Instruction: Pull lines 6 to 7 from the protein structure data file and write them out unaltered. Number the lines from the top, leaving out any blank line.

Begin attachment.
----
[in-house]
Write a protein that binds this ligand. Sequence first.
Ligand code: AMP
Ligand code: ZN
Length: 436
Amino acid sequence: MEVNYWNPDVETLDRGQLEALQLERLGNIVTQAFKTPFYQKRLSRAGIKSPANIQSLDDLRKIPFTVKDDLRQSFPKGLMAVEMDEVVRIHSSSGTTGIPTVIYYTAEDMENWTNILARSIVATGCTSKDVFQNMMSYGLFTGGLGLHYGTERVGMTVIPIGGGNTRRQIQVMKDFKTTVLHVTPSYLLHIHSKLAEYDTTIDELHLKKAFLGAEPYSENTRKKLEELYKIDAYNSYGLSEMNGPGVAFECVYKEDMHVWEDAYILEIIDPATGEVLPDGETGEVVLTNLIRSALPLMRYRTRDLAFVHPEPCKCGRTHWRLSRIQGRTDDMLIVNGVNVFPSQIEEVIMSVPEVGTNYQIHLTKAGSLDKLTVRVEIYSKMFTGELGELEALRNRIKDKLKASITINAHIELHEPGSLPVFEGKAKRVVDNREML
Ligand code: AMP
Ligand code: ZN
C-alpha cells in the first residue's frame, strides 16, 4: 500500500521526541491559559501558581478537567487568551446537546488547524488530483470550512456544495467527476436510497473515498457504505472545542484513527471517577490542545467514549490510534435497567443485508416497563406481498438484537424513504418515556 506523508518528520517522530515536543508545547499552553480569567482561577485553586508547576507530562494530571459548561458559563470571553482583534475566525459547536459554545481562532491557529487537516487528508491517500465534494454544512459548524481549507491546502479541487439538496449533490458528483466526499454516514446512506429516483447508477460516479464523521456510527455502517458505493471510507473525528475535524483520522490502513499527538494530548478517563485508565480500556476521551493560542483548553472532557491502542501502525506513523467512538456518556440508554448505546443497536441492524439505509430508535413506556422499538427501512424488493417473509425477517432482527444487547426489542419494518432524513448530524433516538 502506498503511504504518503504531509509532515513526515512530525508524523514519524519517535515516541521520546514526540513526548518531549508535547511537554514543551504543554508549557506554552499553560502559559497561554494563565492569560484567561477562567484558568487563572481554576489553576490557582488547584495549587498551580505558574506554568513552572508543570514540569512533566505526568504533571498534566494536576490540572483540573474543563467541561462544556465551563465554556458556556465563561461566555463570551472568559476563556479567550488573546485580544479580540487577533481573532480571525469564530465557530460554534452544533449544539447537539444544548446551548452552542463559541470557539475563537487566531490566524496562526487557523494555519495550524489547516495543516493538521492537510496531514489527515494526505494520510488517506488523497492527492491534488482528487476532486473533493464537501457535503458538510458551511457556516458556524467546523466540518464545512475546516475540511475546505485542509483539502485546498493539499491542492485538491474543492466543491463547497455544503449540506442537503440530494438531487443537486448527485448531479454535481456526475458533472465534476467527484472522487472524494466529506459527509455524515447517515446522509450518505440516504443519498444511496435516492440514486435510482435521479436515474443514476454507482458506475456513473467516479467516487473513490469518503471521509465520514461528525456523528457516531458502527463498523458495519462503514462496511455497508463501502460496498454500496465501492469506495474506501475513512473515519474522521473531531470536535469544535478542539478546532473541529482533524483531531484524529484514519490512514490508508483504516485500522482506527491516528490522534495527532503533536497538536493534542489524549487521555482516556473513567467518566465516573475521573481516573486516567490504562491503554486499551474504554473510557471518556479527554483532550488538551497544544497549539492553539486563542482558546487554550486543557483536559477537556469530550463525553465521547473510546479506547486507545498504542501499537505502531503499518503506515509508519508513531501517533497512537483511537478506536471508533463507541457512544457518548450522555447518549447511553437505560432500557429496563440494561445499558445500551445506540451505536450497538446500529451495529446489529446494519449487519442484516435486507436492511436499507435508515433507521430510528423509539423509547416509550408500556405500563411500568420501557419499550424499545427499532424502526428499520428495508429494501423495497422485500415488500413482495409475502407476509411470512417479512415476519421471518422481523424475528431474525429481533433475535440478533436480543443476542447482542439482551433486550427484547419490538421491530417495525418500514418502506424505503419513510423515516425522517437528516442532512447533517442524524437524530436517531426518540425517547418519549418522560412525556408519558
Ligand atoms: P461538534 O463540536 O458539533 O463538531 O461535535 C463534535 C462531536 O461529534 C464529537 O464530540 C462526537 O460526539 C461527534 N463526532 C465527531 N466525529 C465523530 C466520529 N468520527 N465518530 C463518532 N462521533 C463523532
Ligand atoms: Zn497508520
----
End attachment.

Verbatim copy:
Amino acid sequence: MEVNYWNPDVETLDRGQLEALQLERLGNIVTQAFKTPFYQKRLSRAGIKSPANIQSLDDLRKIPFTVKDDLRQSFPKGLMAVEMDEVVRIHSSSGTTGIPTVIYYTAEDMENWTNILARSIVATGCTSKDVFQNMMSYGLFTGGLGLHYGTERVGMTVIPIGGGNTRRQIQVMKDFKTTVLHVTPSYLLHIHSKLAEYDTTIDELHLKKAFLGAEPYSENTRKKLEELYKIDAYNSYGLSEMNGPGVAFECVYKEDMHVWEDAYILEIIDPATGEVLPDGETGEVVLTNLIRSALPLMRYRTRDLAFVHPEPCKCGRTHWRLSRIQGRTDDMLIVNGVNVFPSQIEEVIMSVPEVGTNYQIHLTKAGSLDKLTVRVEIYSKMFTGELGELEALRNRIKDKLKASITINAHIELHEPGSLPVFEGKAKRVVDNREML
Ligand code: AMP